“The First Year Experience Office has heard very clearly that first-year international students were feeling disconnected from their class and from the Harvard College community in general,” Brandt said. “They’ve actually started someone working in a position specifically to support international students.”

Other international students said they felt indifferent toward Housing Day and the entire blocking process.

Matilda G. S. Marcus ’24, who is from England, said she was feeling “nonchalant” about the upcoming virtual Housing Day.

“You can’t build a community without trust and respect, but those things are very difficult to happen if you don’t really know anybody,” she said. “And you can’t really get to know anybody, because you’re doing it through a screen.”

Samuel Ho ’24, who lives in Singapore, said he was never “super concerned” about blocking and decided to enter the housing lottery by himself.

“I’ve not generally been very comfortable with being a part of a predefined, usually large, group of people,” he said. “I’ve never really had a particular desire for blocking in the first place, so I guess the pandemic didn’t change very much.”

When asked how he felt about the upcoming virtual Housing Day, Ho said he was not aware the tradition happened during freshman year.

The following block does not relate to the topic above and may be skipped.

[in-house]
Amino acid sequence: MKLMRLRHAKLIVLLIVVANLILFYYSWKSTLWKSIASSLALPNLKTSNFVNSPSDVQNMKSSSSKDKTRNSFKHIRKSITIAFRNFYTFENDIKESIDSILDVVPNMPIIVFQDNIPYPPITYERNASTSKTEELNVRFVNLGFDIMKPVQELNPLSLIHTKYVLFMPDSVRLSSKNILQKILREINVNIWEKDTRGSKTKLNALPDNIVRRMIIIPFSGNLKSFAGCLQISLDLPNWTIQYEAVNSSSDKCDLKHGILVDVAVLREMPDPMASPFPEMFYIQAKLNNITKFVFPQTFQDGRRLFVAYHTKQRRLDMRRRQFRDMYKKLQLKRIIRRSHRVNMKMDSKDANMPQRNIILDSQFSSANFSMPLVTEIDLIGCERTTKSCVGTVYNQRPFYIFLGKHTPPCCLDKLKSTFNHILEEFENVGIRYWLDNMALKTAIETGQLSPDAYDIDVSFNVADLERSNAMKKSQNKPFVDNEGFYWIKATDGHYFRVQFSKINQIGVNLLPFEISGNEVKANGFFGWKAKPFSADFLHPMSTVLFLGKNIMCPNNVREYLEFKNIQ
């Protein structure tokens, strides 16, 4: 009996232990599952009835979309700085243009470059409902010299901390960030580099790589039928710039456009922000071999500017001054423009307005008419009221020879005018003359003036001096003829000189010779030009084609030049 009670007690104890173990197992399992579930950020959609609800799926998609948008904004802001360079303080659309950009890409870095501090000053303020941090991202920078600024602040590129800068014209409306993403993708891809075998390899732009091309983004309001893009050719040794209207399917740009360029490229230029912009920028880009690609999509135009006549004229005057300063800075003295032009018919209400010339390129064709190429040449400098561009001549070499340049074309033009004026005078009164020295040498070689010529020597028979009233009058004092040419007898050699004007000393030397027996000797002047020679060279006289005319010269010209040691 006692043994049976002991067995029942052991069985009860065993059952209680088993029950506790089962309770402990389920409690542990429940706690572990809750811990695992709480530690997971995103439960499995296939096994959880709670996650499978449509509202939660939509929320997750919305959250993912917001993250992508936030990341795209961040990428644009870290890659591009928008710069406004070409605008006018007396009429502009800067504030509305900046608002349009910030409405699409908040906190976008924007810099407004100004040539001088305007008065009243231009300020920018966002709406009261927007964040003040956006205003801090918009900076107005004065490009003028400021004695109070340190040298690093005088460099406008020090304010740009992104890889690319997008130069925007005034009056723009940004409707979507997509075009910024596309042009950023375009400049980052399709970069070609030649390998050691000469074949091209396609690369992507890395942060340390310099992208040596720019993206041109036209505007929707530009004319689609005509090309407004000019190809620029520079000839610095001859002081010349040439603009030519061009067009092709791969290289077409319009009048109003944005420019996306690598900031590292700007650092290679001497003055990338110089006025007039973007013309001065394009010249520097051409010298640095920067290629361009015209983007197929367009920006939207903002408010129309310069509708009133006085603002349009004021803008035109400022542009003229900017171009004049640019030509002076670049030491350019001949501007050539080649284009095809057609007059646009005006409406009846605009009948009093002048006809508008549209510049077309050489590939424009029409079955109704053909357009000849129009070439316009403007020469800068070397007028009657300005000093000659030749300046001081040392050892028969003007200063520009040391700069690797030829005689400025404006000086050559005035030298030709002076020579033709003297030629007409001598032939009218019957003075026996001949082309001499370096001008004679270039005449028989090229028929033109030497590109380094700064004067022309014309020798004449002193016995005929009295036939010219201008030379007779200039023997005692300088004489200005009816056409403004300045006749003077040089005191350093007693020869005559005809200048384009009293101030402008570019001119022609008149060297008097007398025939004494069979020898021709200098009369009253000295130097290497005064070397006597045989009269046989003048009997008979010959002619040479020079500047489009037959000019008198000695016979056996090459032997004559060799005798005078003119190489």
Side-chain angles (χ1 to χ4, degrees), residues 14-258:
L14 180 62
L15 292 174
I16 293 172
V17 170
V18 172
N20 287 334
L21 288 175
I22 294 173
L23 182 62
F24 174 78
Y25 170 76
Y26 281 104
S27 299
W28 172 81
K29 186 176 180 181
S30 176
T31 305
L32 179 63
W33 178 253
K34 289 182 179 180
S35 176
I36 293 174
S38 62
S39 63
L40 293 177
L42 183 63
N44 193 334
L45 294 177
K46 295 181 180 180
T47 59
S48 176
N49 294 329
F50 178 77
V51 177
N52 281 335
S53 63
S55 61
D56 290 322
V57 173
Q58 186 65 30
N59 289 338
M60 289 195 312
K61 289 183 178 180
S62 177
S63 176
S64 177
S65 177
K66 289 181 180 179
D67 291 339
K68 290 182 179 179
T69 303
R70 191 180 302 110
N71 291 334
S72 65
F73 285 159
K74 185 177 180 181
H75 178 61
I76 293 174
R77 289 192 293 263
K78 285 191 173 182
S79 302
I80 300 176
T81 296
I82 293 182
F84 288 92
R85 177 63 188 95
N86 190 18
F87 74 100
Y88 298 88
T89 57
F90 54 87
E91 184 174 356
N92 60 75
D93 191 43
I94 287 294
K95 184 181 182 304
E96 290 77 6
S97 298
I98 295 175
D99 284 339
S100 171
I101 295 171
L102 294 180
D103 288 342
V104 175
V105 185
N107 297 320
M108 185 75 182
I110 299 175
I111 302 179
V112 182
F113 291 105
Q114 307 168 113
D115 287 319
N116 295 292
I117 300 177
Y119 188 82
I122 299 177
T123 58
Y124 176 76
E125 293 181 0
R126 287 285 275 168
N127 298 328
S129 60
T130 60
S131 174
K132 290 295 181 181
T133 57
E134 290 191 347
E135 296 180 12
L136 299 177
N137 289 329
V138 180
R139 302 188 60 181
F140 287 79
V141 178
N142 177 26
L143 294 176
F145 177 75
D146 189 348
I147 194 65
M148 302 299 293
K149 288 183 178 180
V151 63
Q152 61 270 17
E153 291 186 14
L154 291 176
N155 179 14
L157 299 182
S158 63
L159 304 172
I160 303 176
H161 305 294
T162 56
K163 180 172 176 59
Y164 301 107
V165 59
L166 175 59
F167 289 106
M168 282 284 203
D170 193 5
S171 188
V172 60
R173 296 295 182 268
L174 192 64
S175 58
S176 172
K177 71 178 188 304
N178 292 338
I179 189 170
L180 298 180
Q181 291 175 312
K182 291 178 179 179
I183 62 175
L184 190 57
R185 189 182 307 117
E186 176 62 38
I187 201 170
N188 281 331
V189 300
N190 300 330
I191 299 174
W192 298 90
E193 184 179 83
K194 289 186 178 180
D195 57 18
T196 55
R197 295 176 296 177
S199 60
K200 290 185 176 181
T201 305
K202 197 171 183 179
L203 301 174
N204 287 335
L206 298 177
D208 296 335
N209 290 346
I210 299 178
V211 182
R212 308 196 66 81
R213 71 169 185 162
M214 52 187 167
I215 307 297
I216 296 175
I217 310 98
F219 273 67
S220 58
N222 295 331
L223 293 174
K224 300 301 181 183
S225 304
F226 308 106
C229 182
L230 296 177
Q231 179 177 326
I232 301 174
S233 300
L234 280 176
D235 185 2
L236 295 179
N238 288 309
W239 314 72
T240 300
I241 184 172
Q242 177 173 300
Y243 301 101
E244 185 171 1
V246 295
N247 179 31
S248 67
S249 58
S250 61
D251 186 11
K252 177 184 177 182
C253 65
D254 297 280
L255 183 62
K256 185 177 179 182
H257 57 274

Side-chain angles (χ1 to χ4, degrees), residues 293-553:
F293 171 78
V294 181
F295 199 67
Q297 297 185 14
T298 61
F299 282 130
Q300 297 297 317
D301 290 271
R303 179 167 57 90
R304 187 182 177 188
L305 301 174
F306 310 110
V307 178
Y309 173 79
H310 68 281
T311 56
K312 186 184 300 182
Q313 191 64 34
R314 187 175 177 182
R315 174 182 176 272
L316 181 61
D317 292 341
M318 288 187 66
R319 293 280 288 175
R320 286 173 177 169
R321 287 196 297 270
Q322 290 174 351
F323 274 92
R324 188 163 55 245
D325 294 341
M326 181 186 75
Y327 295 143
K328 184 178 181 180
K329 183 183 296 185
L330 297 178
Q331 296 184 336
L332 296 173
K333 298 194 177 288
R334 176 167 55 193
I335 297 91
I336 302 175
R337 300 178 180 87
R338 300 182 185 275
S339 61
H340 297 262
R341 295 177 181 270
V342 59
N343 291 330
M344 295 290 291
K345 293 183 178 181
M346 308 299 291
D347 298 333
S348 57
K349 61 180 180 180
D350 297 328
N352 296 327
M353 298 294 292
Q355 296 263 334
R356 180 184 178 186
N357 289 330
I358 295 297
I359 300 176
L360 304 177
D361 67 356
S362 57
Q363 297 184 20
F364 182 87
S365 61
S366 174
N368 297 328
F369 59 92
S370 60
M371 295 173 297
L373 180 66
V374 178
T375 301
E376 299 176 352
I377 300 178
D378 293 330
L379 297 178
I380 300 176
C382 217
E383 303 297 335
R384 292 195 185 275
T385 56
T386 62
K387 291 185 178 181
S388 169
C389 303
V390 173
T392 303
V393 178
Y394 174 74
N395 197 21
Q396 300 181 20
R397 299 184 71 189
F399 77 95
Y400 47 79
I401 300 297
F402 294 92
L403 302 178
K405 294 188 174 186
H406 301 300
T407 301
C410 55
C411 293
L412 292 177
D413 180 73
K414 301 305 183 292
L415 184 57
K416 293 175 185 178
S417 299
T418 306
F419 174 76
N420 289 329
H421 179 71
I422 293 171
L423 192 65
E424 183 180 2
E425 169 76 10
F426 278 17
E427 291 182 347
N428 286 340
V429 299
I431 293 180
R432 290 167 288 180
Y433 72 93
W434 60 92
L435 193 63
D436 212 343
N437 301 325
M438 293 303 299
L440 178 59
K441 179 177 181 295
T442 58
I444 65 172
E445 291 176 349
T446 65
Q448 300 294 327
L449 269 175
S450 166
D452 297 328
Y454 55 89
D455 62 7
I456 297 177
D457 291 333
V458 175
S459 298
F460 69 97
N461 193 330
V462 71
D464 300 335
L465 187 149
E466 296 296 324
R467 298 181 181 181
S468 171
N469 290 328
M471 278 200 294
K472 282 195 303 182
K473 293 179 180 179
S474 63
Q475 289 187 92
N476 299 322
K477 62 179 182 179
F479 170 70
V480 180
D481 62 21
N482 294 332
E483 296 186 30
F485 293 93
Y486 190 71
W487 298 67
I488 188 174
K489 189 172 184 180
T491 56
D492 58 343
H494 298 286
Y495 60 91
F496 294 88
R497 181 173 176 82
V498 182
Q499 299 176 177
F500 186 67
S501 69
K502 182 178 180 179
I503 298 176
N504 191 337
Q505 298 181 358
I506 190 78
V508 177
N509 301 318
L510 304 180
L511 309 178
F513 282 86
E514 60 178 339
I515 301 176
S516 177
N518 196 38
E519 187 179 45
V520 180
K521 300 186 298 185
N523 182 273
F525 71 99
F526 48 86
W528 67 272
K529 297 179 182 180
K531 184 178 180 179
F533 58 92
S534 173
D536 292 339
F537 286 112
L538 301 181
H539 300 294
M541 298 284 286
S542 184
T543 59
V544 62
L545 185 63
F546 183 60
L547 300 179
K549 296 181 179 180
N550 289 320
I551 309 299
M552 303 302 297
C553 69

“Quite frankly, I didn’t even know that was a thing,” Ho said. “I thought they assigned houses later on.”

Micheal “Mike” Zhang ’24, who is from Australia, said he also was not aware of the Housing Day tradition until his other friends started planning a gathering to commemorate the annual event.

“I didn’t really know what’s happening,” he said. “My friend from Australia was like, ‘Hey, I was thinking about having a party at my place for Housing Day, because it seems like a scary process.’ And me and my friends were just like, ‘What? Like what day is Housing Day?’”

“I think it might be exciting, but it just seems so far off that it’s incomprehensible in the sense that I probably can’t grasp the magnitude of it,” Zhang added.

Brandt said the DSO recorded a webinar about the blocking process and published it on the DSO website to help freshmen navigate the process.

“I think there have been a number of ways for students to ask questions about blocking and to get more information, but we know that it’s always a stressful time for first-year students to experience this,” Brandt said.

“We really want to encourage anyone who still has questions to reach out and try to get answers from their proctors, their resident deans, the housing office — they’re all great resources for them,” she added.

CORRECTION: March 11, 2021

A previous version of this article misquoted Micheal “Mike” Zhang ’24. The correct quote is, "me and my friends were just like, ‘What? Like what day is Housing Day?’”

—Staff writer Hannah J. Martinez can be reached at Follow her on Twitter @martinezhannahj.

—Staff writer Sixiao Yu can be reached at Follow her on Twitter @sixiaoy.